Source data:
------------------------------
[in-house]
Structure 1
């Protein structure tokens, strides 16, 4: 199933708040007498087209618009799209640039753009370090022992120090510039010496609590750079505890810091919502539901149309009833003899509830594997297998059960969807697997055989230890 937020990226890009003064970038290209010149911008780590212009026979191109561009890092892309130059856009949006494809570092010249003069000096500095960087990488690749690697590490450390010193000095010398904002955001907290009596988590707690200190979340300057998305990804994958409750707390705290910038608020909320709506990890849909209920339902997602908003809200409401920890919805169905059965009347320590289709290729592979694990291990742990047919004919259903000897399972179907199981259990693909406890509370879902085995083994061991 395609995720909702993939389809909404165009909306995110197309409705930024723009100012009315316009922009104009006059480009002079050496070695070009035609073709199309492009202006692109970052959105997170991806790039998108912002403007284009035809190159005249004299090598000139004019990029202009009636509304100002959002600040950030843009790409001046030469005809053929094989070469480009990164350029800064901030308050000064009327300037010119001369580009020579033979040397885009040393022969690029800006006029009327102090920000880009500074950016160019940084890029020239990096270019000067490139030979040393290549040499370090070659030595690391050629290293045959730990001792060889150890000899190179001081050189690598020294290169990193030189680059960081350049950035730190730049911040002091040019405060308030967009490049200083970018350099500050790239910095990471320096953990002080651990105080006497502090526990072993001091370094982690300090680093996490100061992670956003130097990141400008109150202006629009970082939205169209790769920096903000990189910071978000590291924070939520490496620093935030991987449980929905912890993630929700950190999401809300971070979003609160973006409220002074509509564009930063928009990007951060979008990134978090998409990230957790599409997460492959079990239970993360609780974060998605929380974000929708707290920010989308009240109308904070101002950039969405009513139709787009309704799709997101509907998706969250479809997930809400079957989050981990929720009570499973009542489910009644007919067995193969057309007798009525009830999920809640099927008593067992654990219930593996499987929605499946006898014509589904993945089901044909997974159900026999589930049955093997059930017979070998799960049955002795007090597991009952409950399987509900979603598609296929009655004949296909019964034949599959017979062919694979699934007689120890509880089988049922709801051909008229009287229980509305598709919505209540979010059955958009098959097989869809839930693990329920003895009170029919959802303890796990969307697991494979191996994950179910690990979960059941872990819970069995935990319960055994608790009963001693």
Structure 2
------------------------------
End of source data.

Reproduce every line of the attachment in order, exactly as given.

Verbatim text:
[in-house]
Structure 1
């Protein structure tokens, strides 16, 4: 199933708040007498087209618009799209640039753009370090022992120090510039010496609590750079505890810091919502539901149309009833003899509830594997297998059960969807697997055989230890 937020990226890009003064970038290209010149911008780590212009026979191109561009890092892309130059856009949006494809570092010249003069000096500095960087990488690749690697590490450390010193000095010398904002955001907290009596988590707690200190979340300057998305990804994958409750707390705290910038608020909320709506990890849909209920339902997602908003809200409401920890919805169905059965009347320590289709290729592979694990291990742990047919004919259903000897399972179907199981259990693909406890509370879902085995083994061991 395609995720909702993939389809909404165009909306995110197309409705930024723009100012009315316009922009104009006059480009002079050496070695070009035609073709199309492009202006692109970052959105997170991806790039998108912002403007284009035809190159005249004299090598000139004019990029202009009636509304100002959002600040950030843009790409001046030469005809053929094989070469480009990164350029800064901030308050000064009327300037010119001369580009020579033979040397885009040393022969690029800006006029009327102090920000880009500074950016160019940084890029020239990096270019000067490139030979040393290549040499370090070659030595690391050629290293045959730990001792060889150890000899190179001081050189690598020294290169990193030189680059960081350049950035730190730049911040002091040019405060308030967009490049200083970018350099500050790239910095990471320096953990002080651990105080006497502090526990072993001091370094982690300090680093996490100061992670956003130097990141400008109150202006629009970082939205169209790769920096903000990189910071978000590291924070939520490496620093935030991987449980929905912890993630929700950190999401809300971070979003609160973006409220002074509509564009930063928009990007951060979008990134978090998409990230957790599409997460492959079990239970993360609780974060998605929380974000929708707290920010989308009240109308904070101002950039969405009513139709787009309704799709997101509907998706969250479809997930809400079957989050981990929720009570499973009542489910009644007919067995193969057309007798009525009830999920809640099927008593067992654990219930593996499987929605499946006898014509589904993945089901044909997974159900026999589930049955093997059930017979070998799960049955002795007090597991009952409950399987509900979603598609296929009655004949296909019964034949599959017979062919694979699934007689120890509880089988049922709801051909008229009287229980509305598709919505209540979010059955958009098959097989869809839930693990329920003895009170029919959802303890796990969307697991494979191996994950179910690990979960059941872990819970069995935990319960055994608790009963001693």
Structure 2